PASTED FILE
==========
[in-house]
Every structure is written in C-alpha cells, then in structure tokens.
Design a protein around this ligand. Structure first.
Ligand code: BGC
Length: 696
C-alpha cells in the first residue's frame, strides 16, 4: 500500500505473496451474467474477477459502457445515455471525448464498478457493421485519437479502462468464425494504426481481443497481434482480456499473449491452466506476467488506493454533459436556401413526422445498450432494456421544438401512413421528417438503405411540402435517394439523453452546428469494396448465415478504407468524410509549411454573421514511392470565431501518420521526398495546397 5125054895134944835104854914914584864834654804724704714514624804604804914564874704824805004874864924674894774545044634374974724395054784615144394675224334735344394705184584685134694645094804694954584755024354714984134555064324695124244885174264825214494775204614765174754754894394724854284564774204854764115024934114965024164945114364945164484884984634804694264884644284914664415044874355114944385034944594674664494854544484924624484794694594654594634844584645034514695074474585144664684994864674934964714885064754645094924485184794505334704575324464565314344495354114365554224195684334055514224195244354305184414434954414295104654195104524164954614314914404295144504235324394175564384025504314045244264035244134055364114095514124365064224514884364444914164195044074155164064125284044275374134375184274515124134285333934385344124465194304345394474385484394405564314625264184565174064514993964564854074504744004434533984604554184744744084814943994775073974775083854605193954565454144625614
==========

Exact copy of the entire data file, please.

[in-house]
Every structure is written in C-alpha cells, then in structure tokens.
Design a protein around this ligand. Structure first.
Ligand code: BGC
Length: 696
C-alpha cells in the first residue's frame, strides 16, 4: 500500500505473496451474467474477477459502457445515455471525448464498478457493421485519437479502462468464425494504426481481443497481434482480456499473449491452466506476467488506493454533459436556401413526422445498450432494456421544438401512413421528417438503405411540402435517394439523453452546428469494396448465415478504407468524410509549411454573421514511392470565431501518420521526398495546397 5125054895134944835104854914914584864834654804724704714514624804604804914564874704824805004874864924674894774545044634374974724395054784615144394675224334735344394705184584685134694645094804694954584755024354714984134555064324695124244885174264825214494775204614765174754754894394724854284564774204854764115024934114965024164945114364945164484884984634804694264884644284914664415044874355114944385034944594674664494854544484924624484794694594654594634844584645034514695074474585144664684994864674934964714885064754645094924485184794505334704575324464565314344495354114365554224195684334055514224195244354305184414434954414295104654195104524164954614314914404295144504235324394175564384025504314045244264035244134055364114095514124365064224514884364444914164195044074155164064125284044275374134375184274515124134285333934385344124465194304345394474385484394405564314625264184565174064514993964564854074504744004434533984604554184744744084814943994775073974775083854605193954565454144625614